Open House London pictures

A couple of weeks ago, we finally got around to taking part in Open House London. Every September the doors of hundreds of London buildings are flung open and the public are welcomed inside to marvel at the beautiful, the historical and the ingenious. It’s an opportunity to see some of the most wonderful sights that the city has to offer, free of charge, and thousands of people turn up to take in the sights.

Ancient and modern are never far from each other in London.

We’d planned a City of London based itinerary, including seven buildings. Starting from Lloyd’s of London, we planned to walk west and finish at the house of fellow Lichfield man Dr Johnson, via Leadenhall Market, the Bank of England, the Guildhall, St Mary-le-Bow and Fleet Street.

After I shared our plans, I was quickly told how ambitious it was to aim for seven buildings in one day. Apparently the queues at Lloyd’s alone were going to scupper the itinerary. I took this as a challenge, dragged Mrs Woodall out of bed an hour earlier than planned and headed into town…where we fitted in a grand total of three visits, to Lloyd’s, Leadenhall Market and the Bank of England.

So, yes, Open House London is very popular and the queues to get in to many of the properties are very long. We’ll go back next year with more nous and a better plan. In the meantime, we’re determined to return to a lot of the places we didn’t get to see as soon as possible, and tell our friends about the places we did, which is presumably exactly what Open House London is all about.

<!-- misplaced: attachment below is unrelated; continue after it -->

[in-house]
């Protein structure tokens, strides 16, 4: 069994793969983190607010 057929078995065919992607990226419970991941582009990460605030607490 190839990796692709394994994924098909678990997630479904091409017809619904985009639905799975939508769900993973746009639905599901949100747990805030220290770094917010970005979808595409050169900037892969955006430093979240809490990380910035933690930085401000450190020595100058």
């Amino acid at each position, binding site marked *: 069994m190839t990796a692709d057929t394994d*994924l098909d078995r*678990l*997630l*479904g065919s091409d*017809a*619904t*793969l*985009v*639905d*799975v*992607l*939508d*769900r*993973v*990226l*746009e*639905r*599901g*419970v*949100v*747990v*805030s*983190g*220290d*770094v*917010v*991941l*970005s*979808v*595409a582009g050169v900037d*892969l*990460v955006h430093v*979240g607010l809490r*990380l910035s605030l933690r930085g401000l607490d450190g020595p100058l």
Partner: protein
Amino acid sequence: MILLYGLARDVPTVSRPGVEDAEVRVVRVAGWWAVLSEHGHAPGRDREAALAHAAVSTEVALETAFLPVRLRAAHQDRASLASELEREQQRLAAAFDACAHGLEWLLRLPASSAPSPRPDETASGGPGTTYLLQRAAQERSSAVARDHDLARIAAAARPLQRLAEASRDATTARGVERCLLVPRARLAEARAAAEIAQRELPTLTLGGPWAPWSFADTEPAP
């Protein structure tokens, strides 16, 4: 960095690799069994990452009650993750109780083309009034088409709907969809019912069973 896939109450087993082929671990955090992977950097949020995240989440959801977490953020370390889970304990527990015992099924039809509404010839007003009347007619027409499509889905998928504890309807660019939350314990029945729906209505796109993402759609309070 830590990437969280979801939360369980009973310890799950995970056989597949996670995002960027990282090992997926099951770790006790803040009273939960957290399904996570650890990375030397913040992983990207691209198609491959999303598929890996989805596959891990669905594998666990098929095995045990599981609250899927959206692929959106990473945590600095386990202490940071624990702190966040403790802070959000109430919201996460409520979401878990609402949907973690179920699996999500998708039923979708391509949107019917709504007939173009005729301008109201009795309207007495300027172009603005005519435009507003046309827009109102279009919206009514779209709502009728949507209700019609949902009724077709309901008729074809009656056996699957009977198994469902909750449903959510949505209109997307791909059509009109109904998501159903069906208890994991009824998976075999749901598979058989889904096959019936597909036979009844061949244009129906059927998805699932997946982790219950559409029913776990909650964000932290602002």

I have posted pictures of Lloyd’s and Leadenhall Market, but photography was not allowed in the Bank – presumably to prevent you casing the joint. So, you’ll have to join the queues next year to see inside this ten floor, fortress like labyrinth of stone corridors and grand rooms. The 30 minute tour takes you through the Governor’s office, some very fine recption rooms and the garden, which has survived due to occupying a consecrated former churchyard. The visit finishes off in the excellent museum, which is open all of the time and offers the opportunity to handle a gold bar – currently worth over £400,ooo.

The Lloyd’s building is known as the Inside-Out building, as its staircases, lifts, electrical power conduits and water pipes are on the outside, leaving an uncluttered space inside.

Inside Lloyd’s – one can only speculate whether weekdays witness a hushed reverance or organised chaos.

Lloyd’s has a long tradition of backing maritime trade and the navy, and houses many fine items such as a letter sent by Nelson from HMS Victory eleven days before his death at the Battle of Trafalgar.

Leadenhall Market, a classic cast-iron Victorian covered market.

Queuing for the Bank of England took up to three hours, but offered a fine view of the Royal Exchange (shown here) and Mansion House

Three great British institutions – the Bank of England, rain, and an orderly queue